In the grand scheme of things, Isiah Kiner-Falefa is still only 24 years old and has years and years of good baseball ahead of him.
Those years will be better now, he believes, even though a strong argument could be made that significant time was wasted trying to make him a catcher.
It was a near impossible task the Texas Rangers say they put in front of Kiner-Falefa, learning the game’s most demanding position at its highest level. He worked hard at it and wanted it to work.
But he and the Rangers seemed to simultaneously reach the conclusion that both would be better served if he returned to playing infield. The decision has made Kiner-Falefa the most relieved and happiest player on the Rangers’ roster, at least now that the trade deadline has passed.
He has started at third base three times since he was recalled Aug. 2 from Double A Frisco as part of a four-man overhaul of the roster. He out of the lineup Tuesday, but the Rangers and the Cleveland Indians were postponed by rain at Progressive Field.
“I get to be in my home position, and I just feel like myself again,” Kiner-Falefa said. “When I was in the minor leagues playing third I felt like the guy I was last year. When I was catching this year, I was feeling a lot of pressure just based on the pitcher’s career.
“I did everything I could to call the game the right way, be the best receiver I could possibly, and I kind of forgot everything else. I feel like my game is the little things that no one ever sees. I feel like I can get back to myself and get back to my game.”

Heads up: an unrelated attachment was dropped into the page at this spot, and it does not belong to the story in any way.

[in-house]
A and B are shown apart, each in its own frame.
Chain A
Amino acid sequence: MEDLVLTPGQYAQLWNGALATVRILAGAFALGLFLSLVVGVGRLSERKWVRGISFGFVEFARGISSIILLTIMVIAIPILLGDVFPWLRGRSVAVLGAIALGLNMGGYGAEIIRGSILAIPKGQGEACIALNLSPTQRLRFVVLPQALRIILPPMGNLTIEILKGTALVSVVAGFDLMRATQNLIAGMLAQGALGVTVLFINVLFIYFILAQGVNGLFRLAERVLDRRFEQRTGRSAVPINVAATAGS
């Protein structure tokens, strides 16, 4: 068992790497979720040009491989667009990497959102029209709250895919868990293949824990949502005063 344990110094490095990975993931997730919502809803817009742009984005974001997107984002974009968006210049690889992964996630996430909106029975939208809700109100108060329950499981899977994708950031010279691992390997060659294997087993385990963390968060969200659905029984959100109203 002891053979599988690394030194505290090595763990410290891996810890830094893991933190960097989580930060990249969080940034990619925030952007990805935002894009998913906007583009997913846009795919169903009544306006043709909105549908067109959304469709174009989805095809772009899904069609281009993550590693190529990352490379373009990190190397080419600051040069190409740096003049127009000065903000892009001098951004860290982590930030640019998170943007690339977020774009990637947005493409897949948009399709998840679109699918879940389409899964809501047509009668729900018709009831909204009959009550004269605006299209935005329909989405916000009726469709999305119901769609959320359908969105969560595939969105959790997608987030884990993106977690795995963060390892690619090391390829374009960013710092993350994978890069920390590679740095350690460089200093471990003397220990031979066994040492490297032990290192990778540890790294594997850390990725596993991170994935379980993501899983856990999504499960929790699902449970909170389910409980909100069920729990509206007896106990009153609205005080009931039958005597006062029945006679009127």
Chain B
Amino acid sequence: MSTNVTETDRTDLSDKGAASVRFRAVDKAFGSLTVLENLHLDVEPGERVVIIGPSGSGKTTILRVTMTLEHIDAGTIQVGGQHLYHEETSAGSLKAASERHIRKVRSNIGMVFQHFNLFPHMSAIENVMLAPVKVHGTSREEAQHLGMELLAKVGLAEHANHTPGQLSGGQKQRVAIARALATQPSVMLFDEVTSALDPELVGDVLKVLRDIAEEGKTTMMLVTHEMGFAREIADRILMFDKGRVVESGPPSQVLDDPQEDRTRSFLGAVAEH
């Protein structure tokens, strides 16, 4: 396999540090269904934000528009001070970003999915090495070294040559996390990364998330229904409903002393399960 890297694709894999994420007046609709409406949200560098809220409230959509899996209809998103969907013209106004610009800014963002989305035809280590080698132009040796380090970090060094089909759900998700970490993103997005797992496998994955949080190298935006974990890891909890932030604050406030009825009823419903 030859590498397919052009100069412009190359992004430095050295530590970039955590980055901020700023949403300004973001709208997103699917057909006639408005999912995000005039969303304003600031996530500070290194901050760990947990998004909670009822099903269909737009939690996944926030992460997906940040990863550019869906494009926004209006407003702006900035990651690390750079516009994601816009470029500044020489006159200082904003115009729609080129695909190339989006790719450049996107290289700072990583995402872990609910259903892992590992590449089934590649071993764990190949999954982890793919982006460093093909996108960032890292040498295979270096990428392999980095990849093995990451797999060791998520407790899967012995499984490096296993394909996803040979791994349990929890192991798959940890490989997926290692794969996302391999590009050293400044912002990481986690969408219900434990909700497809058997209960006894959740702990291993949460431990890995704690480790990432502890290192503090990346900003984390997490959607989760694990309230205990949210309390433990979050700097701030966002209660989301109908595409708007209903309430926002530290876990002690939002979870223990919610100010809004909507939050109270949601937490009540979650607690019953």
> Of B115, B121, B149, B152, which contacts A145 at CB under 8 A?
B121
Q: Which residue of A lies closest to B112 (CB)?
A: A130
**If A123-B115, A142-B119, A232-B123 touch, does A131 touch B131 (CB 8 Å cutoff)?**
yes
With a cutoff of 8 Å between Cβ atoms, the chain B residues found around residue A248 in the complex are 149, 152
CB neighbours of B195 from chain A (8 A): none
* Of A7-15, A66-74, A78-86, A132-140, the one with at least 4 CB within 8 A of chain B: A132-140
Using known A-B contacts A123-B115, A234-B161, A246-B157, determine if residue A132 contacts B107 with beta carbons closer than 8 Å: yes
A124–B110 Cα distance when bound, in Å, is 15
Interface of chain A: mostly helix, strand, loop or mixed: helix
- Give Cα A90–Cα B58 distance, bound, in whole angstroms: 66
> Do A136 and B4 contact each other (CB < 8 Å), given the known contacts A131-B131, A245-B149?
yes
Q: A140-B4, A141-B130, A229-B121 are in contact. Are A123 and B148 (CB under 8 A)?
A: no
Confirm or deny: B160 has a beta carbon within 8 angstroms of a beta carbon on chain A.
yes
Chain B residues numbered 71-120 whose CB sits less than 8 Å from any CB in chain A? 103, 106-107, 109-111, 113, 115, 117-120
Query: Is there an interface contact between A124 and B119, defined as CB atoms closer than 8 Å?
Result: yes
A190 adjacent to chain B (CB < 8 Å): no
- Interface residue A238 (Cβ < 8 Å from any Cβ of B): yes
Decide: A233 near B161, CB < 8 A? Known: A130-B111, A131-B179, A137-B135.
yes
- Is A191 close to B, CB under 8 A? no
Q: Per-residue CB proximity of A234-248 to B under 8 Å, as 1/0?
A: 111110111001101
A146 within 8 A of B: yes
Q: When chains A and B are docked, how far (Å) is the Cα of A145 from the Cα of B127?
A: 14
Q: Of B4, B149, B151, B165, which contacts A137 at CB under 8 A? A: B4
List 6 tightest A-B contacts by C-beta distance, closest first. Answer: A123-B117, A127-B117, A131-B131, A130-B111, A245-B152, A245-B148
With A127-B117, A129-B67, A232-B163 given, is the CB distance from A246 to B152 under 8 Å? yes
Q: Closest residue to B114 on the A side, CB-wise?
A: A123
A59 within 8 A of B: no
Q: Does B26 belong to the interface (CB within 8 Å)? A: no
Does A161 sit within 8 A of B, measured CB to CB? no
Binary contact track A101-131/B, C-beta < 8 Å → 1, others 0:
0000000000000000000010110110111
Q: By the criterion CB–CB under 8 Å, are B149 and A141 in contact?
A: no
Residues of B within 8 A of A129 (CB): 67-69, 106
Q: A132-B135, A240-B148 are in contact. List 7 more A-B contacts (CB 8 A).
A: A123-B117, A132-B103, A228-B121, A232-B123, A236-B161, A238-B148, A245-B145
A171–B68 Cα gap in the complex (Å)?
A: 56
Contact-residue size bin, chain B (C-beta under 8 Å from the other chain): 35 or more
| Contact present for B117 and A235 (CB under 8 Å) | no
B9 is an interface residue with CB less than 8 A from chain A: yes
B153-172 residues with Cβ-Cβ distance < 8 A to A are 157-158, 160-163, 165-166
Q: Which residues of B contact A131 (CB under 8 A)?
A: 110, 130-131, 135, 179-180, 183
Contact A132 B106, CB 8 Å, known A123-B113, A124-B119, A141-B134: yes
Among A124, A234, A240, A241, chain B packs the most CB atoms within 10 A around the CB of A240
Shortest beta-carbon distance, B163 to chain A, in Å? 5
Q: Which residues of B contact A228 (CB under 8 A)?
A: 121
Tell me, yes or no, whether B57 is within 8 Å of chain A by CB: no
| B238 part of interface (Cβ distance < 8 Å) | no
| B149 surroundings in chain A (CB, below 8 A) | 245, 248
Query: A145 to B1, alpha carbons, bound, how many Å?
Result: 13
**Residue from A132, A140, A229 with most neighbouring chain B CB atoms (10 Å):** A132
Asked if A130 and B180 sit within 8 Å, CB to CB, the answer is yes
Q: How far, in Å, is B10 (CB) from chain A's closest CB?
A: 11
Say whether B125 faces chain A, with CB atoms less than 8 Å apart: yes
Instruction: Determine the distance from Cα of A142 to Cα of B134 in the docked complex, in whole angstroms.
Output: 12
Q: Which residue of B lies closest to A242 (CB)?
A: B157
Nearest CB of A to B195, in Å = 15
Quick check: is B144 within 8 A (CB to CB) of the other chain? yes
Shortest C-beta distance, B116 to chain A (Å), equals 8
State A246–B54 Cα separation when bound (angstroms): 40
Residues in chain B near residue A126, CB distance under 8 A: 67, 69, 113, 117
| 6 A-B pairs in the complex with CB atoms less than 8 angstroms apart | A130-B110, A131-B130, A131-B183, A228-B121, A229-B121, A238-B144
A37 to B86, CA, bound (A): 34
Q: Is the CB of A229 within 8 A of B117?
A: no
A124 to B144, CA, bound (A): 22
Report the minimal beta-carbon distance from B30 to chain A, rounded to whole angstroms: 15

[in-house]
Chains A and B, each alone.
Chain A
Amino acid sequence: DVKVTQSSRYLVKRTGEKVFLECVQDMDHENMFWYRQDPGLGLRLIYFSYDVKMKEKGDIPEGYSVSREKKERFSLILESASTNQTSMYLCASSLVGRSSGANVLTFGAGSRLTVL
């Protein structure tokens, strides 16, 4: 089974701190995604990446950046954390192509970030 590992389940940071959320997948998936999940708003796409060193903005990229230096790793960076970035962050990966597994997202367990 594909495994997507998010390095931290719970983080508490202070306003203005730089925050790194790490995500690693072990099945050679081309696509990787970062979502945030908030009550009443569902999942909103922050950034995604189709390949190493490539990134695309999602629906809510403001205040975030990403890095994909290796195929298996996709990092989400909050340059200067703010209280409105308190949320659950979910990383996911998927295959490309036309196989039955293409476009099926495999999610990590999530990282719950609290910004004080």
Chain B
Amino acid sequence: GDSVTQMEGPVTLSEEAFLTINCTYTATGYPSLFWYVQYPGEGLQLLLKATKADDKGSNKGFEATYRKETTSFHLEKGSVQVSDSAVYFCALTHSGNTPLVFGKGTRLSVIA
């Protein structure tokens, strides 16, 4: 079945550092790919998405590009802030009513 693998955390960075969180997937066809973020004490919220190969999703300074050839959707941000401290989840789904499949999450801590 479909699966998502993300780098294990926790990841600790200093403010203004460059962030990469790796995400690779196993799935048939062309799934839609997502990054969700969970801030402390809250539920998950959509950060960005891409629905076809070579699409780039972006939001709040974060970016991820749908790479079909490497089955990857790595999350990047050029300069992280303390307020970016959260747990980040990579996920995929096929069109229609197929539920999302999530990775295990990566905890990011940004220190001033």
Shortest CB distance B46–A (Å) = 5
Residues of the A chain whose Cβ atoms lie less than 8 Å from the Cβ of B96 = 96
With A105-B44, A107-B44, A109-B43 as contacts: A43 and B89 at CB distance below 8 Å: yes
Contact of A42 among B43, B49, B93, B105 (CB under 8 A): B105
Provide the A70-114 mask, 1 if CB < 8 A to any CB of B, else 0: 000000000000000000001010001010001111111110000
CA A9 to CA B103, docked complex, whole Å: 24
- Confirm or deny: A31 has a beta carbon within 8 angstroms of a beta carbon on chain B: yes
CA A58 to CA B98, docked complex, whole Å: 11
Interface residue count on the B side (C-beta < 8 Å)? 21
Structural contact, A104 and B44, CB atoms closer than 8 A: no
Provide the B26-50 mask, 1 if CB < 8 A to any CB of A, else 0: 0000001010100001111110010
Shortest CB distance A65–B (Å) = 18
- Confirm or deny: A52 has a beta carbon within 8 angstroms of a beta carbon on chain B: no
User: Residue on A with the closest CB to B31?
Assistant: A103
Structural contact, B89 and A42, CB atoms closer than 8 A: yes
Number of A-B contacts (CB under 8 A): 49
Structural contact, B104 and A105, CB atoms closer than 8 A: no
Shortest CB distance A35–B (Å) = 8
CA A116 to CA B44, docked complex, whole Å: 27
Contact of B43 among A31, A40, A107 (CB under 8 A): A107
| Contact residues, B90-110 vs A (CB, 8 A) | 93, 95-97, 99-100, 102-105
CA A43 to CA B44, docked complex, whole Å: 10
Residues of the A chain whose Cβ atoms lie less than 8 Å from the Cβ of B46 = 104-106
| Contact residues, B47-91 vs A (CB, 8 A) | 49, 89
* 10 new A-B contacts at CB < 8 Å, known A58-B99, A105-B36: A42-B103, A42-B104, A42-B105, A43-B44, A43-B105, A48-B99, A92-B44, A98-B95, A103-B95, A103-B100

The Rangers and Indians will play a doubleheader Wednesday, with Ariel Jurado starting Game 1 and followed by Lance Lynn. Kiner-Falefa figures to be in the lineup for at least one of the games.
He and catcher Jose Trevino were promoted to the roster last week as third baseman Asdrubal Cabrera and catcher Tim Federowicz were designated for assignment. Scott Heineman and Emmanuel Clase were also called up.
General manager Jon Daniels said that the Rangers’ defense is better and the roster is more flexible with Kiner-Falefa and Trevino. Neither is going to overwhelm with the bat, though Kiner-Falefa said that his bat came alive once he started playing infield again at Frisco.
He won’t be limited to third base, and he didn’t throw his catching gear in the nearest dumpster. Manager Chris Woodward said on Monday that Kiner-Falefa might catch once every 10 games.
At the very least, Kiner-Falefa will be a really good emergency catcher.
“I’m excited to see how the bat plays now that he’s talking all the stress of catching off of him,” Woodward said. “Just kind of let him go out and see what that looks like. So, we’re going to give him some playing time.”
Kiner-Falefa quickly replied “no” when asked if he thought his time behind the plate was a waste of time. He learned how to play another position and is still confident he can handle the position if needed.
Team need might have ultimately dictated the decision, but Kiner-Falefa didn’t object.
“It was just based on what the team needed and based off the deadline,” he said. “If they needed me to catch, I was ready to catch.”
The Rangers have three utility players on their roster with Kiner-Falefa, Danny Santana and Logan Forsythe, and Heineman can play all three outfield positions. That led Woodward to say that the Rangers might be the most versatile team in baseball.
Santana has emerged as an everyday player, but hasn’t played third base much in his career. Forsythe can become a free agent after the season. Kiner-Falefa could have a role with the team for years to come, though not necessarily an everyday role.
First-round pick Josh Jung is a third baseman and could move quickly through the farm system. Santana will be given a chance to play third and could possibly be there regularly next season if the Rangers don’t add a player via free agency or trade.
Surrendering his role as one of the two catchers, along with Jeff Mathis, wasn’t easy, but being an infielder again was the right decision.
“It was hard, because I put a lot of work in,” Kiner-Falefa said. “But at the same time it’s my career. I feel like my value is to do everything. Just being the worst defensive catcher was tough. It took a lot out of me. I worked hard not to be that guy. Now, I feel comfortable.”